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Objectively determined physical activity levels of primary school children in south-west Germany



Only a small proportion of children and adolescents meet current recommendations of at least 60 min of moderate to vigorous physical activity (MVPA) daily. Most of the available data, however, relies on subjective reports; there is limited objective data on physical activity (PA) levels in German primary school children. The purpose of this study, therefore, was to accurately determine how much time children spend undertaking different intensities of PA and being sedentary during weekdays and weekend using objective assessment tools. Gender-specific and age-related differences were examined along with differences between normal weight and overweight/obese children.


Children’s height and weight were measured according to standard procedures and objective PA measurements were determined in a sub-cohort of 384 primary school children (20% of the whole cohort), participating in a large school-based intervention study in south-west Germany (n = 1947). Baseline data collection occurred on six consecutive days, including weekend days, using multi-sensor accelerometry (Actiheart, CamNtech Ltd., Cambridge UK). 318 children (7.1 ± 0.6 years, male: 50%, first grade: 51%) provided data for at least 3 days including one weekend day. According to the amount of energy expended, defined as metabolic equivalents (METs), different activity intensities were categorised as follows: sedentary < 1.5 METs; light = 1.5-3.0 METs; moderate = 3.0-6.0 METs, and vigorous > 6.0 METs.


Average wear time was 1403 ± 94 min/day. Children spent 808 ± 97 min/day being sedentary; 497 ± 72 min/day in light; 128 ± 54 min/day in moderate, and 8 ± 10 min/day in vigorous intensity. 48% of children met the current MVPA guidelines. MVPA was significantly higher on weekdays compared to weekend days (144 ± 66 vs. 113 ± 66 min/day; p < 0.001). Furthermore, boys displayed higher MVPA levels compared to girls (164 ± 57 vs. 106 ± 50 min/day; p < 0.001).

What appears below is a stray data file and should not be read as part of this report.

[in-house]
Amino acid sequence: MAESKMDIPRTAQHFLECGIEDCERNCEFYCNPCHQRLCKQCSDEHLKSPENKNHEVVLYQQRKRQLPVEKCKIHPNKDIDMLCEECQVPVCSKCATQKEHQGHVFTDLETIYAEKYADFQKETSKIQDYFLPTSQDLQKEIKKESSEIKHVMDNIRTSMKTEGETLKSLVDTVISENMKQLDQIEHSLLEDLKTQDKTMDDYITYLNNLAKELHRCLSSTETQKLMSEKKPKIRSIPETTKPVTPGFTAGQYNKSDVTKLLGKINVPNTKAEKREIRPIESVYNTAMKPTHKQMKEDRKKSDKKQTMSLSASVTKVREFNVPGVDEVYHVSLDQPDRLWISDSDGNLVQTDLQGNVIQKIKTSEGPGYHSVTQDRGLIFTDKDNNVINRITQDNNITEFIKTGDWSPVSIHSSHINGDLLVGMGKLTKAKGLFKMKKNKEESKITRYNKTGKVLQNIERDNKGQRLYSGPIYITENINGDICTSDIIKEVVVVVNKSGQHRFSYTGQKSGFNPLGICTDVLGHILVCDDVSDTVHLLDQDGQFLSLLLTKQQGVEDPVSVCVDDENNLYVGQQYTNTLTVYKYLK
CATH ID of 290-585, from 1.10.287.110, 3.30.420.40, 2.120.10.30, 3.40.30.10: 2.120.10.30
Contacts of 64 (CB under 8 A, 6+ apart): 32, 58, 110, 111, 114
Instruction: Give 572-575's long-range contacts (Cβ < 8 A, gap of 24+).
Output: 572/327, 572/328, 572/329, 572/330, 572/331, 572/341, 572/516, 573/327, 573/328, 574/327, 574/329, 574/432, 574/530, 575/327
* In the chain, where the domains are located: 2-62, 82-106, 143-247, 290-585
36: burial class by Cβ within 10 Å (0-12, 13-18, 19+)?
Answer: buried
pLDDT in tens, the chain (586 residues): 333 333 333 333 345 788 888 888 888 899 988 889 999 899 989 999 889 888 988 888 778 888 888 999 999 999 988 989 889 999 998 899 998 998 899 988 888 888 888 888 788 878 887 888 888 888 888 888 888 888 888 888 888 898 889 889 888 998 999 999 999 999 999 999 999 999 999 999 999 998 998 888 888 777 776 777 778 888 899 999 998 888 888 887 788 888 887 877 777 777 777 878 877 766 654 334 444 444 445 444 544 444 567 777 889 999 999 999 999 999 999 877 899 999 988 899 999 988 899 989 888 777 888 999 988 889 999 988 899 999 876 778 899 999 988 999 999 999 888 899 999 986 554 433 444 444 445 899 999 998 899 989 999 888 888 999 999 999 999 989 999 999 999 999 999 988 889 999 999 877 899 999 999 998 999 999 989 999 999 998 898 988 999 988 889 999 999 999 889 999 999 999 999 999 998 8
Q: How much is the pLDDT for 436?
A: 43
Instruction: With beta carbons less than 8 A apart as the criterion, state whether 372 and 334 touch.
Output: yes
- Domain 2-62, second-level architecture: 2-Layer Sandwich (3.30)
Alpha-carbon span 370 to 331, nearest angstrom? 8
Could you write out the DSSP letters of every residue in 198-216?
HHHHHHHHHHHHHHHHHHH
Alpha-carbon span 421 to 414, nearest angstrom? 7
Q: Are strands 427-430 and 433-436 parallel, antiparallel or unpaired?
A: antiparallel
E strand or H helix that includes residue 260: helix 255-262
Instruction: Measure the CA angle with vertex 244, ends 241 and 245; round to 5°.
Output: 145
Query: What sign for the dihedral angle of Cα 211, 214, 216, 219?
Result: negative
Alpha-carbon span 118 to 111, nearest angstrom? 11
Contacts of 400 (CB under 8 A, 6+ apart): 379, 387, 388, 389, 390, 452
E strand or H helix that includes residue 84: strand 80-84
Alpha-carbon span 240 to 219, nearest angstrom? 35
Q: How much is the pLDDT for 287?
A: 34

Measured objectively, less than half of primary school children in the study met current PA recommendations, emphasising the necessity for early intervention to promote PA. Consistent with previous research, PA levels were higher in boys and during weekdays. These results indicate that PA levels of girls should especially be promoted in primary schools and that parents should be more involved in interventions to improve PA, particularly during weekends.

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It is well documented that sufficient physical activity (PA) is essential for childhood development and is highly relevant to health [1]. It is assumed that PA levels are established at a young age [2, 3] and that an active lifestyle during childhood facilitates sufficient PA during adulthood [46]. Insufficient PA has been associated with an increased risk of obesity [1, 7] and associated co-morbidities such as metabolic or cardiovascular diseases [8, 9]. Besides biological reasons, declining PA levels have been predominantly attributed to social and cultural changes. In particular, current lifestyles promote sedentary routines due to a reduction in active transport, physical education at schools or organised sports [4, 10].

The World Health Organisation recommends that children should engage in at least 60 min of moderate physical activity (moderate to vigorous physical activity (MVPA)) per day [11].

Based on self-report, it has been suggested that approximately 30-40% of children and adolescents between 2 and 18 years of age meet these recommendations [12]. In the German Health Interview and Examination Survey for Children and Adolescents (KiGGS), less than 20% of children aged 7–10 years reported sufficient MVPA. Furthermore, one in four children did not engage in regular sport and one in eight children did not participate in any sport [13, 14]. In German adolescents, only 14% of girls and 20% of boys undertook at least 60 min of MVPA [15]. However, the accuracy of such subjective reports on PA in children especially remains questionable, due to their sporadic and unstructured behavioural patterns [16]. Consequently, pedometers or accelerometers have been introduced in order to accurately detect and measure children’s PA patterns [12]. Data from these studies would suggest that in children across different European countries only 4.6% of girls and 16.8% of boys aged 10–12 years meet current PA recommendations [17]. In Germany, data regarding objectively measured PA is limited, particularly in primary school children in first and second grade.